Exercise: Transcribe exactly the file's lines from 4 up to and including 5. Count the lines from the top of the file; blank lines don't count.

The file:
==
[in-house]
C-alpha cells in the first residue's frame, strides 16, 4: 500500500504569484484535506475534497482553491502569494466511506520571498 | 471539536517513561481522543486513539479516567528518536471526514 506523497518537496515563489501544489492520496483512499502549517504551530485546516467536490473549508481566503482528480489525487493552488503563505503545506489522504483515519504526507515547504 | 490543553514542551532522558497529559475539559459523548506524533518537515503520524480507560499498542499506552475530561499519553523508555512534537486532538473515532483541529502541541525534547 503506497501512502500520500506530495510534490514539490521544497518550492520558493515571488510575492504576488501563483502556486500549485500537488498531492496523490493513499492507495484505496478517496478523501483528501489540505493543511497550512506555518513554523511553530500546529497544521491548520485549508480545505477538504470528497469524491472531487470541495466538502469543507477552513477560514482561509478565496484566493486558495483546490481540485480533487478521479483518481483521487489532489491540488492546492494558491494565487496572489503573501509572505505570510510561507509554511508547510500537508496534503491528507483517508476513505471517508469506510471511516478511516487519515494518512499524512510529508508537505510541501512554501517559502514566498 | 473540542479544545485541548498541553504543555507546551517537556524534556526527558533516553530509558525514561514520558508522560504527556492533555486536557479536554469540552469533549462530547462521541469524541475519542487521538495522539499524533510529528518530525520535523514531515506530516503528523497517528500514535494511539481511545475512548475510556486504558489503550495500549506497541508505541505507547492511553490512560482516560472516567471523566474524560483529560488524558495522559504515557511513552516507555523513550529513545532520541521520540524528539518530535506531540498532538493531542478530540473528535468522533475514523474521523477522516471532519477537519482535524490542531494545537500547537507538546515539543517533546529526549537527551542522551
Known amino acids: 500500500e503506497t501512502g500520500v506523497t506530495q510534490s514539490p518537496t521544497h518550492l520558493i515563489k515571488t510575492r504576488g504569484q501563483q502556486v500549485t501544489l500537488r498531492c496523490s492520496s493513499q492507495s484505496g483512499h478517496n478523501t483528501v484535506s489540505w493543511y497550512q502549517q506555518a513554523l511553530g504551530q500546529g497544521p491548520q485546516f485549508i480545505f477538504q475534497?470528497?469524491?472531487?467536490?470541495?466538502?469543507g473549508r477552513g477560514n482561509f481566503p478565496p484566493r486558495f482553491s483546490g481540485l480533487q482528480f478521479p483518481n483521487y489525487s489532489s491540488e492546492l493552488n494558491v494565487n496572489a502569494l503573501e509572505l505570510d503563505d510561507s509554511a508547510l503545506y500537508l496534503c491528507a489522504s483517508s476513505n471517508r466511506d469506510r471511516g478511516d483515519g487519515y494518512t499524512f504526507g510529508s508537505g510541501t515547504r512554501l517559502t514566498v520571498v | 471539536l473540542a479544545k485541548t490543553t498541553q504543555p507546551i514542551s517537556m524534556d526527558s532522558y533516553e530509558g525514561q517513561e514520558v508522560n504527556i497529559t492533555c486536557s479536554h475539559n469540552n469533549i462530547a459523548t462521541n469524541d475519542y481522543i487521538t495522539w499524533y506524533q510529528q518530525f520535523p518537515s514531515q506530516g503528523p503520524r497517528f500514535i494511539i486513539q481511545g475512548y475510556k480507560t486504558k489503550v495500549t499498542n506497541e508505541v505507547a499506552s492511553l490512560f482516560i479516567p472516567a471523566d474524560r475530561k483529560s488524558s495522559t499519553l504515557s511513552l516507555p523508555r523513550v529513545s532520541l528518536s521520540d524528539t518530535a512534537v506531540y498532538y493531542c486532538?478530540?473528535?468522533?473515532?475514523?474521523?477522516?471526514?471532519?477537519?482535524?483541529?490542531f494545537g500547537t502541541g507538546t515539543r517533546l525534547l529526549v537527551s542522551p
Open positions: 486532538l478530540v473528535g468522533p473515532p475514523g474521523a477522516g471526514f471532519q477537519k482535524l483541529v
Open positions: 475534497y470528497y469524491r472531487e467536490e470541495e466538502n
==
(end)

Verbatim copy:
Open positions: 486532538l478530540v473528535g468522533p473515532p475514523g474521523a477522516g471526514f471532519q477537519k482535524l483541529v
Open positions: 475534497y470528497y469524491r472531487e467536490e470541495e466538502n